Another former Clinton official, who wouldn’t let me identify him more specifically, argued that Obama showed his inexperience by letting Congress not only define his bills for him, but write them, too, in the cases of stimulus, health care, and climate legislation. “The result of that is it became extremely difficult to maintain a set of clear principles of what it is you are about,” he said. “Clinton had been a five-term governor. He really knew how to be an executive. And I think it took Obama a while to learn.” Rendell, no surprise, makes precisely the same point. “I think the president was hurt by being a legislator only,” he said in a June television appearance. “Too much of [stimulus and health care] was left up to the Congress. He sort of said, ‘Here’s my concept, you guys flesh it out.’ I think Hillary Clinton would have sent them a bill and said, ‘Here’s what I want.'”
This is where the Clintonites, their vision clouded by personal fealty, become less convincing. Rendell, who stumped hard for Hillary in 2008, seems to have forgotten that this very strategy failed miserably in 1993, when the Clintons pushed their health reform bill. Precisely because Obama saddled Congress with the responsibility of crafting the Affordable Care Act, it too was on the hook if it failed. (As are Senators John Kerry, Joe Lieberman, and Lindsey Graham for bungling climate change legislation.) Equally, talk of a leadership deficit ignores several of Obama’s high-profile unilateral actions: reversing Bush’s torture policies; authorizing military involvement in Libya; ordering the killing of Osama bin Laden; rescuing GM and Chrysler; and providing certain illegal immigrants relief from deportation.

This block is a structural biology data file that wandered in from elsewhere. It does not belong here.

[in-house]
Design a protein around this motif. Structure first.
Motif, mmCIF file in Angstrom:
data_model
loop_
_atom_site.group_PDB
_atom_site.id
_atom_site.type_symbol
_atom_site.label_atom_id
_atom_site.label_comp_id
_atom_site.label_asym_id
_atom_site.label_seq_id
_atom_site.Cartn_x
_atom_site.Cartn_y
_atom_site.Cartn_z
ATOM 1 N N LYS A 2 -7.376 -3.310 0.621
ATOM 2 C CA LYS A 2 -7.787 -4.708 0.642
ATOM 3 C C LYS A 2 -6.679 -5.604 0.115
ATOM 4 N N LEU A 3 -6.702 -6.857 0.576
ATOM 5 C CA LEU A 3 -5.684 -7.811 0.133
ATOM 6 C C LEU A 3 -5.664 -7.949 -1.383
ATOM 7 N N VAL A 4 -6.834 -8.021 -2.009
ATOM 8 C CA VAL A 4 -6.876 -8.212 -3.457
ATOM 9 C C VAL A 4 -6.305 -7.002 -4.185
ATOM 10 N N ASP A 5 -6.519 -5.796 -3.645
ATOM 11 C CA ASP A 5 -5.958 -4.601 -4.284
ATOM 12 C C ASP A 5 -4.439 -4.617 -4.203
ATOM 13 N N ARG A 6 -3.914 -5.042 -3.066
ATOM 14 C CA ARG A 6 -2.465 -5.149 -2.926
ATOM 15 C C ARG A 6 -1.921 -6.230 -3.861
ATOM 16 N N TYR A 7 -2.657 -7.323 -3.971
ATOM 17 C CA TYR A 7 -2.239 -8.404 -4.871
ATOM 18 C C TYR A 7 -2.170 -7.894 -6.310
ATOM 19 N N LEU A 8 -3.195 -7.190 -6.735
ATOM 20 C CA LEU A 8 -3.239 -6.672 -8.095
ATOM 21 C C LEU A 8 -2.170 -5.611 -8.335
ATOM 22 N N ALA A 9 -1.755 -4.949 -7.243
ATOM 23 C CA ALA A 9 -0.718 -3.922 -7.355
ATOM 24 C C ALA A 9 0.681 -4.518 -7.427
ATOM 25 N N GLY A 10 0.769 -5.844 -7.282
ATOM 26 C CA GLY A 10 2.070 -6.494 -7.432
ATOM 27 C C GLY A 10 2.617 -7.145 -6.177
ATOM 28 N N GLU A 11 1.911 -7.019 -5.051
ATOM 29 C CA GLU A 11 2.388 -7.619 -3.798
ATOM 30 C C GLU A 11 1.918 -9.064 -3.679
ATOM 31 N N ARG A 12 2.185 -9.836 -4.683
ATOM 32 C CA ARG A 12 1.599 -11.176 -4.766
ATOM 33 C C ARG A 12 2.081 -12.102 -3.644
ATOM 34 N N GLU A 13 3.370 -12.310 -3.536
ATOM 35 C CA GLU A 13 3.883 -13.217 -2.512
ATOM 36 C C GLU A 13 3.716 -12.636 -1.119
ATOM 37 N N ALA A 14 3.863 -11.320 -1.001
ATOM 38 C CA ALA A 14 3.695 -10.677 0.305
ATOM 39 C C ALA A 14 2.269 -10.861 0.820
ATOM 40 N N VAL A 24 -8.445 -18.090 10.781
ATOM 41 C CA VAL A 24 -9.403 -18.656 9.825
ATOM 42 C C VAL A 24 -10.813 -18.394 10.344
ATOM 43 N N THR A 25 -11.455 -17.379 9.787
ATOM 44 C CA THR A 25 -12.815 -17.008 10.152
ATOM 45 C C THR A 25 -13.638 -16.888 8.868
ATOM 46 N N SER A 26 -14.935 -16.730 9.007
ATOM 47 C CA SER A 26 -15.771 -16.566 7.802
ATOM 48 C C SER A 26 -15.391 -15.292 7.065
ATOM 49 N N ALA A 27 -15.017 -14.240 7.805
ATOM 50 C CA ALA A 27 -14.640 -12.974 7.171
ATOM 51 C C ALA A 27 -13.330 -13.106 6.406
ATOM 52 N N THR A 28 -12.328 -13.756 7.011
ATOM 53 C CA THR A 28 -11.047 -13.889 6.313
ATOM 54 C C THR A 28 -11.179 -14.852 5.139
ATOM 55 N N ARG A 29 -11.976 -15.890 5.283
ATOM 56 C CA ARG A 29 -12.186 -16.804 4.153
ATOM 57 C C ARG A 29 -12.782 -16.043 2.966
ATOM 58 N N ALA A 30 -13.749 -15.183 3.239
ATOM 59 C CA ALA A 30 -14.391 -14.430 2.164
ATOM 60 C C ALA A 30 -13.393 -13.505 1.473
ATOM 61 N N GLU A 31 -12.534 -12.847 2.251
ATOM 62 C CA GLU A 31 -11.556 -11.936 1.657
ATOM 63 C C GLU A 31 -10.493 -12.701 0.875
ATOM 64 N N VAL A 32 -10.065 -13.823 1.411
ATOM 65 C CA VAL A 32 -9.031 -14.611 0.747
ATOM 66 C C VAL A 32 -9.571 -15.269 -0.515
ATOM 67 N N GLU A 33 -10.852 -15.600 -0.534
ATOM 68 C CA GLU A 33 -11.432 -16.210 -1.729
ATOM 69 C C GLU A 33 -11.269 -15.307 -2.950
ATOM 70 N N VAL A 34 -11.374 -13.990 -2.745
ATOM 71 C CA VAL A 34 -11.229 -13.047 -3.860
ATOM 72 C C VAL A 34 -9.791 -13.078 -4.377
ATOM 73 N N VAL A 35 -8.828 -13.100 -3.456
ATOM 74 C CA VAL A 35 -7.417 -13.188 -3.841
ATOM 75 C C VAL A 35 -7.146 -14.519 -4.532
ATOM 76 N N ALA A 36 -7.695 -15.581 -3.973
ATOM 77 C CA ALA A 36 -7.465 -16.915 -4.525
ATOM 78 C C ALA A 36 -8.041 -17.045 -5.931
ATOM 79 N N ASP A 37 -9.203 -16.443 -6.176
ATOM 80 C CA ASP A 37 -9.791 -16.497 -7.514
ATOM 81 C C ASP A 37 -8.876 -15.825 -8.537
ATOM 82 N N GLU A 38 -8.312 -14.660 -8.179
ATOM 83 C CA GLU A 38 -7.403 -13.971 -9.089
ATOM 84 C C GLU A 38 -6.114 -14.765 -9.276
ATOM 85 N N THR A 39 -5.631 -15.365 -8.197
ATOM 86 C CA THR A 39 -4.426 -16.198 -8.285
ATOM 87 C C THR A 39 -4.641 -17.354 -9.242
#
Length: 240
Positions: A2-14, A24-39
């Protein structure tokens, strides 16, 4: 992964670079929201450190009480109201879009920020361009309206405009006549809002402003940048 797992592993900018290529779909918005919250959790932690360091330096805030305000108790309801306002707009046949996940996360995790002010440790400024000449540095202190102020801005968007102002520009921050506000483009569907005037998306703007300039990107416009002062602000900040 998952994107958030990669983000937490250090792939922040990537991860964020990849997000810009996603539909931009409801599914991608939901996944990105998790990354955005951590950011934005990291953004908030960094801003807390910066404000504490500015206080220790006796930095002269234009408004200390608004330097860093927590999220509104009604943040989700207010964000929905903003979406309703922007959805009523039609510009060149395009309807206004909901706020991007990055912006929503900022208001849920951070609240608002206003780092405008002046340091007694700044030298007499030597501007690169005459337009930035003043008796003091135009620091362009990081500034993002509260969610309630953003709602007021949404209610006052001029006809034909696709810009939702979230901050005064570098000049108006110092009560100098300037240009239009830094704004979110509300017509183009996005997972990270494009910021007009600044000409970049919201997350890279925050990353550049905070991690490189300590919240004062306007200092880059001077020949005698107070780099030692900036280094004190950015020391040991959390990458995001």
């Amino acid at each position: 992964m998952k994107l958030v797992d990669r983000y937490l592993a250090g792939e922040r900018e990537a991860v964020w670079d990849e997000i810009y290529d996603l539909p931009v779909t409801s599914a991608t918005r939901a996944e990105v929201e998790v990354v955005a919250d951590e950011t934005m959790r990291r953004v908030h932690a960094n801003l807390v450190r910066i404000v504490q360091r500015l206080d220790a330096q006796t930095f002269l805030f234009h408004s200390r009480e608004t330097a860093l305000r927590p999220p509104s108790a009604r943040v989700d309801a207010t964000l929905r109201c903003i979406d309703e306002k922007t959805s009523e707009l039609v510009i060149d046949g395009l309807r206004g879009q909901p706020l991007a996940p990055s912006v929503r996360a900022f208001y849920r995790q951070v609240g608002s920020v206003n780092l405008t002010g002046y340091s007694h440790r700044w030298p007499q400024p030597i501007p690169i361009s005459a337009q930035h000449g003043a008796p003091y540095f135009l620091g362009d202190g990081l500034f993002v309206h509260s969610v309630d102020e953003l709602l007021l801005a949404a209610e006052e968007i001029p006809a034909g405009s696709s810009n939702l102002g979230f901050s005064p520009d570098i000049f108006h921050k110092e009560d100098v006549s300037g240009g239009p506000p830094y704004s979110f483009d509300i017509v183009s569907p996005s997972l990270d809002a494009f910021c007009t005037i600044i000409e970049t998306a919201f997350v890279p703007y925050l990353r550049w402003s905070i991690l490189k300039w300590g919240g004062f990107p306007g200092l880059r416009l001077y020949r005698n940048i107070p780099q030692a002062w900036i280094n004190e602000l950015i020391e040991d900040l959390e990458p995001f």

But the weakness of the Clintonite gripe stems not just from papering over the Big Dog’s mistakes and minimizing Obama’s accomplishments. It also suffers from a blindness to Obama’s political obstacles and an overly credulous conviction in the president’s power to sway public opinion.
First, the economy is faring far worse today than it was sixteen years ago. In the summer of 1996, the national unemployment rate hovered around 5.5 percent; today it stands at 8.2 percent. In the modern era, only Franklin Roosevelt, who was backed by a strong New Deal coalition, has won reelection with an unemployment rate over 7.2 percent. In this context, Obama’s slim lead over Republican opponent Mitt Romney is something of a victory.